Senators To Introduce Bipartisan Bill Taking Aim At China’s Carbon Emissions

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A bipartisan pair of senators are set to introduce on Wednesday a bill that would lay the groundwork for a future tax on products from China and other countries with less environmental protections than the U.S., according to The Washington Post.

Democratic Sen. Christopher Coons of Delaware and Republican Sen. Kevin Cramer of North Dakota will introduce the bill, known as the Prove It Act, which would require the Department of Energy to produce a report every five years estimating the average emissions intensity of products developed by the U.S. and foreign countries, The Post reported. The bill is the senators’ first step towards developing legislation to impose taxes on goods like iron, steel, oil and fertilizer from China and other countries that are not taking significant steps to cut back on greenhouse gas emissions. (RELATED: ‘What Did You Find Out?’: GOP Senator Stumps Biden’s Interior Secretary With Questions About Major Wind Project)

China’s sort of an easy target,” Cramer told the outlet. “They are the ones producing cheap stuff. But there are other players besides China that are dirty producers taking advantage of our system.”


Then-Rep. Kevin Cramer (R-ND) speaks at the 2018 North Dakota Republican Party Convention in Grand Forks, North Dakota, U.S., April 7, 2018. Picture taken April 7, 2018. REUTERS/Dan Koeck

The move follows similar legislation from the European Union (EU) that was finalized in April and received pushback from companies in the U.S.,  which were concerned about red tape, as well as those in China and the developing world that have more relaxed climate standards. Coons told the Post that “over the next few years” he hoped to help create a “carbon club” of allied nations to coordinate climate responses and ease tensions surrounding the issue.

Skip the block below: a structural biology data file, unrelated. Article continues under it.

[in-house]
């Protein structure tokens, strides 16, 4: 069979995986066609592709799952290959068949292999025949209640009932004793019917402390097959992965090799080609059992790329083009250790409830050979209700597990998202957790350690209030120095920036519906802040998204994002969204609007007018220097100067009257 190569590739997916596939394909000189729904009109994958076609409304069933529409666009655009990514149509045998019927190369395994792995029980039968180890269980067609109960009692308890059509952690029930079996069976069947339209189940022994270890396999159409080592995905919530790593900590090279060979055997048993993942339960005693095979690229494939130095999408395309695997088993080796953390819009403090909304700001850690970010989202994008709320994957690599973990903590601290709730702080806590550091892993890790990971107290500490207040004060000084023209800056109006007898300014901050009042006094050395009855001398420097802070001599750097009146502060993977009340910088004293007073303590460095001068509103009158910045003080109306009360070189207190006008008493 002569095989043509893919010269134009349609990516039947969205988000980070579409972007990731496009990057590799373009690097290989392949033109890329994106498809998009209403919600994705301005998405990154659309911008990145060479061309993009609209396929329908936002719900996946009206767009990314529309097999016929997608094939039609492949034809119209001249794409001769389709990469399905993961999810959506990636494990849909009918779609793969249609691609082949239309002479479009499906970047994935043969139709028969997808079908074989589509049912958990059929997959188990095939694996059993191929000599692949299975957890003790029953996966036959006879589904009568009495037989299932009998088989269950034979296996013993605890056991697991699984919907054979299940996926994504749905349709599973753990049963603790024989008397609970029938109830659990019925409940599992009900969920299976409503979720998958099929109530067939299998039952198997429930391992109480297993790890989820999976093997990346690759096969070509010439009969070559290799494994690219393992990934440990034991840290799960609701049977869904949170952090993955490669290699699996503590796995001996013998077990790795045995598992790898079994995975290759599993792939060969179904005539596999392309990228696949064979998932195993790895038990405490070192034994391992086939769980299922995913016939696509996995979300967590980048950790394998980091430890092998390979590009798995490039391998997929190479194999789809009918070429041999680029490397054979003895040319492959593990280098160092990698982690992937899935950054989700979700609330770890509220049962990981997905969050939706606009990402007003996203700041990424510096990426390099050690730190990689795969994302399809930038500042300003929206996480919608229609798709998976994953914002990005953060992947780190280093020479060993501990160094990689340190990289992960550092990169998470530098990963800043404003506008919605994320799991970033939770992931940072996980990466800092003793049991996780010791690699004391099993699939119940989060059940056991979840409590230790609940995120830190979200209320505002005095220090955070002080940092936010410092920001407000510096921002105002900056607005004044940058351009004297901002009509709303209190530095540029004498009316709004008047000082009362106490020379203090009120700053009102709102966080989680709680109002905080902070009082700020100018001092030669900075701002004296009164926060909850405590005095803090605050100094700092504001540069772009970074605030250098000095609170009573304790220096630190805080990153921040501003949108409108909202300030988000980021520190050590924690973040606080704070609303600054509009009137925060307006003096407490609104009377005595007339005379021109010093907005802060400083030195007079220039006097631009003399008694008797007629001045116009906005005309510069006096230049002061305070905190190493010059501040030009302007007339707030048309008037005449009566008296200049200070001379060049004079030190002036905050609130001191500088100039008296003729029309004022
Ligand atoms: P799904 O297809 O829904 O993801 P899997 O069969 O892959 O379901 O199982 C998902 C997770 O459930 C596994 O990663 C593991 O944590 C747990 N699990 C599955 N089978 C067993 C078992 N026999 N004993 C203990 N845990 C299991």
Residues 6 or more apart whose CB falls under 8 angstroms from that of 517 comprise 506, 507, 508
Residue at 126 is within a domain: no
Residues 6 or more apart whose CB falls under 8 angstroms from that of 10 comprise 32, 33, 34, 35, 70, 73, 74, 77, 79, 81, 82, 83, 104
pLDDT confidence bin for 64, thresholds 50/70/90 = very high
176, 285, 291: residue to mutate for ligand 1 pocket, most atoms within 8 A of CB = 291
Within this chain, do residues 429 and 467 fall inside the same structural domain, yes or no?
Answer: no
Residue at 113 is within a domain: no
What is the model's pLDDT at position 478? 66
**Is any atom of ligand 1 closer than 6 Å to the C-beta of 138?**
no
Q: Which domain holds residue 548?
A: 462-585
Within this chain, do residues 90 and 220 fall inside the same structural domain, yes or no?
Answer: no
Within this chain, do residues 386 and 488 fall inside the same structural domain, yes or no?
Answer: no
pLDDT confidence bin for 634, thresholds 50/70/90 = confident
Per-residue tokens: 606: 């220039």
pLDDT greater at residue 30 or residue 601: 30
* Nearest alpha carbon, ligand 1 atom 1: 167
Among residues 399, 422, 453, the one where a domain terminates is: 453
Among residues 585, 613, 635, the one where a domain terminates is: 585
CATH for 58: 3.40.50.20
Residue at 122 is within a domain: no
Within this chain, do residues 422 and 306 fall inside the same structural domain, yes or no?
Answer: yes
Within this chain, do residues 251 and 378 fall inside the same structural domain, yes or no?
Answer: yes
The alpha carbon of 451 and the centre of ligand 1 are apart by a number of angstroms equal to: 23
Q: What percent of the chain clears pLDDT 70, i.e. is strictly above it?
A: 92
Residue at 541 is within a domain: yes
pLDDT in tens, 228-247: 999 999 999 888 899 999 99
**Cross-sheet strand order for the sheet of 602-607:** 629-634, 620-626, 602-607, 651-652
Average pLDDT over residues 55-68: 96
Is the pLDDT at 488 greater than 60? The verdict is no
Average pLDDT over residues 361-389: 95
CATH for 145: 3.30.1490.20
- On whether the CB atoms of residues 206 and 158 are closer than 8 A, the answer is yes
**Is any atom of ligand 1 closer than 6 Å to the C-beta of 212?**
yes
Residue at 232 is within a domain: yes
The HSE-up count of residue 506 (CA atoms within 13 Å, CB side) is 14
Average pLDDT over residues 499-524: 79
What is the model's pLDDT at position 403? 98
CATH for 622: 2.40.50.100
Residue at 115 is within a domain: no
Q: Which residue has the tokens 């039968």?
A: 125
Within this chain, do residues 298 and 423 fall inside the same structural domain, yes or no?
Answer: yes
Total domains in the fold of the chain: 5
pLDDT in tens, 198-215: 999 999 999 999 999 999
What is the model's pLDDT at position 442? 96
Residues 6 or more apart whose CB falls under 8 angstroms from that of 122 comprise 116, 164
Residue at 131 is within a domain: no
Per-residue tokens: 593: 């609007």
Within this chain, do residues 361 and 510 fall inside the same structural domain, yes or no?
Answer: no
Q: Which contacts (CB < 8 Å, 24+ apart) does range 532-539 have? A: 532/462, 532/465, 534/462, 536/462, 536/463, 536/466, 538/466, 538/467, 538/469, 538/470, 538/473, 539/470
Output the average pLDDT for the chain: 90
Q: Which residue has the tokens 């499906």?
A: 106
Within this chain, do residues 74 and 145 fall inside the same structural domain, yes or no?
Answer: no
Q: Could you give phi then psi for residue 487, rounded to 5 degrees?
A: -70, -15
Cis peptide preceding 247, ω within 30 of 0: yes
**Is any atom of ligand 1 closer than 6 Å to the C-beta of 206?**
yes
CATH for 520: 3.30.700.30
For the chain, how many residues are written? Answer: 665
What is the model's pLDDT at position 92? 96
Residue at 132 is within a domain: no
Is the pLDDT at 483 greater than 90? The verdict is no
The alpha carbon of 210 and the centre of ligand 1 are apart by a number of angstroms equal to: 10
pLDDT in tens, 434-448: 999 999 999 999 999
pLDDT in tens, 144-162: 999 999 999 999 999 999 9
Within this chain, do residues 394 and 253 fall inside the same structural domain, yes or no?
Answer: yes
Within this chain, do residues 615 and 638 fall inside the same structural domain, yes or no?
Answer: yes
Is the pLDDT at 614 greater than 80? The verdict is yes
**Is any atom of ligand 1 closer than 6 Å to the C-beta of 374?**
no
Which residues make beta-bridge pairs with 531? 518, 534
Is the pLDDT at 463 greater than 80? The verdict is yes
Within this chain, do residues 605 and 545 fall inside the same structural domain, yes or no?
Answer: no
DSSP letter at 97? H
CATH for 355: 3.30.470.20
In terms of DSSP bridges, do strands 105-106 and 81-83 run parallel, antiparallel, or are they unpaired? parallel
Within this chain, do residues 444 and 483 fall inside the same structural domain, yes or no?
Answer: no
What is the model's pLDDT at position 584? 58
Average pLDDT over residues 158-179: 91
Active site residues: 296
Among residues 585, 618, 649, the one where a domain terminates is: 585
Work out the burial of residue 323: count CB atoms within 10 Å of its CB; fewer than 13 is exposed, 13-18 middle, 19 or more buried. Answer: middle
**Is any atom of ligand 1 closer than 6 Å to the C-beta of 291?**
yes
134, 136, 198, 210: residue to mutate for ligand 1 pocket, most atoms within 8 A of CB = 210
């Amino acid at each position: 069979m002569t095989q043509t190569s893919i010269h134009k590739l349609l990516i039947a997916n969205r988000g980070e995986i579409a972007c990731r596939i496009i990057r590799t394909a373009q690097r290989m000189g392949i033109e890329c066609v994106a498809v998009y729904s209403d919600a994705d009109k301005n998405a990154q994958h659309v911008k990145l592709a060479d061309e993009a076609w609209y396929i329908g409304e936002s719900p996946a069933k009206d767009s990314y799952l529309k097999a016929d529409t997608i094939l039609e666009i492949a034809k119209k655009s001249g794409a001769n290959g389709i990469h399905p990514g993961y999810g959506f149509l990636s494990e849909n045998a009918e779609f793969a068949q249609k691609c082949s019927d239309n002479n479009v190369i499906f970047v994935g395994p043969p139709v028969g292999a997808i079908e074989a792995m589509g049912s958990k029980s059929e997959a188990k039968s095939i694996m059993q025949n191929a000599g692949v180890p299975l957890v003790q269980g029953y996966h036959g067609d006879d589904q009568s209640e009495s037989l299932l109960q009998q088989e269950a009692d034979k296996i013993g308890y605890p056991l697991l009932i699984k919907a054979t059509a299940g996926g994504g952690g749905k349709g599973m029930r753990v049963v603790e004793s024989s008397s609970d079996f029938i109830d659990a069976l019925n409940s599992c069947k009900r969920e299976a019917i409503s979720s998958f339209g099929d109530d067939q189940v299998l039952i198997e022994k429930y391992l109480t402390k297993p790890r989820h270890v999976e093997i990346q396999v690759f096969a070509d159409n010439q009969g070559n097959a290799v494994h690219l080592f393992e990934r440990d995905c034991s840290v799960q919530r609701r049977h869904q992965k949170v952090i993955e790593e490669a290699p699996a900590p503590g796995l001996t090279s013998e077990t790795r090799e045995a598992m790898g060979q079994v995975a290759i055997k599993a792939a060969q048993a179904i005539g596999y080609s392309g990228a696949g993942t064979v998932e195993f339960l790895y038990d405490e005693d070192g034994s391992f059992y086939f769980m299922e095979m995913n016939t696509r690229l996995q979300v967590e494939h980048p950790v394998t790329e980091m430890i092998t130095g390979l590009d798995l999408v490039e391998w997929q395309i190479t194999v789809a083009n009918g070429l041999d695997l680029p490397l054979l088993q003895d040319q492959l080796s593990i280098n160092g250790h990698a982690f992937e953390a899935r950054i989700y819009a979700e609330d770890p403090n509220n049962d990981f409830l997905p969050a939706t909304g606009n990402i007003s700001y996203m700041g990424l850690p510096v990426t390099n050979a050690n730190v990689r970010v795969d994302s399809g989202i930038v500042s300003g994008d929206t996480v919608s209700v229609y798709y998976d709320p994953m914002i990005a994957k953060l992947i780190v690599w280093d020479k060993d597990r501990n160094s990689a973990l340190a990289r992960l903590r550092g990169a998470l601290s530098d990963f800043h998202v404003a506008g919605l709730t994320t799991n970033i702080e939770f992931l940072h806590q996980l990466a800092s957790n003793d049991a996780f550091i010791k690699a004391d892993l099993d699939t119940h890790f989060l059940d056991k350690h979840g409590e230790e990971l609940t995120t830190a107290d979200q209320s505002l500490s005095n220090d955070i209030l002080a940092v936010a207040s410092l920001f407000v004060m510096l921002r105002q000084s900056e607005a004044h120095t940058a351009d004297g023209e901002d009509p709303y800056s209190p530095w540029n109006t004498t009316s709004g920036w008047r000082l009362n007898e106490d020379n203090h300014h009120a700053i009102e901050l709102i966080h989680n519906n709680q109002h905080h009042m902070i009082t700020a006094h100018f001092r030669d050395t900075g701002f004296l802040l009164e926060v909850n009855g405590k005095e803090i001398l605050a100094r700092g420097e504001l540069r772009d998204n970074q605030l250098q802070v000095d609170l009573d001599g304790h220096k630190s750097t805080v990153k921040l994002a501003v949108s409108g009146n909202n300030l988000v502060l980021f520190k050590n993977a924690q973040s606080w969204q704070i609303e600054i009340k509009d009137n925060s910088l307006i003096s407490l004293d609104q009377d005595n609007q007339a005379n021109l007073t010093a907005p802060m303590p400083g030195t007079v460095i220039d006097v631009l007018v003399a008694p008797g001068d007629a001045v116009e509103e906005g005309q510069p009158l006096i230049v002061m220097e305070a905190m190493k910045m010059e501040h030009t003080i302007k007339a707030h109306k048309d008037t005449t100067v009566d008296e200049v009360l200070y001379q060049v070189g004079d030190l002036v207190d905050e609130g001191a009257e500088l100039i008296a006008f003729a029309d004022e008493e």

Cramer told the Post that Republicans are generally “pretty cool to the idea of a carbon tax.” GOP lawmakers tend to oppose such measures on the grounds that they would harm U.S. fossil fuels, but taxing foreign firms is generally seen as more palatable, the Post reported.

“We spend so much time as Republicans saying hell no to people who want to tax carbon or want to somehow decarbonize,” he added. “But the whole ‘America First’ movement and agenda is a comfortable place for Republicans. So this is the low-hanging fruit of climate policy or trade policy or whatever you want to call it.”

Dan Kish, a senior fellow at the conservative Institute for Energy Research, criticized the border tax as a “fool’s errand” in a statement to the Daily Caller News Foundation. Although the current proposals would only impact foreign nations, Kish argued that it would provide “license for politicians” to implement a similar domestic tax that would “steal more money from the pockets of Americans.”

Other co-sponsors of the bill include Republican Sens. Lindsey Graham of South Carolina and Lisa Murkowski of Alaska, Democratic Sens. Sheldon Whitehouse of Rhode Island, Martin Heinrich of New Mexico and John Hickenlooper of Colorado as well as Independent Angus King of Maine, the Post reported.

The offices of Coons and Cramer did not immediately respond to the DCNF’s request for comment.

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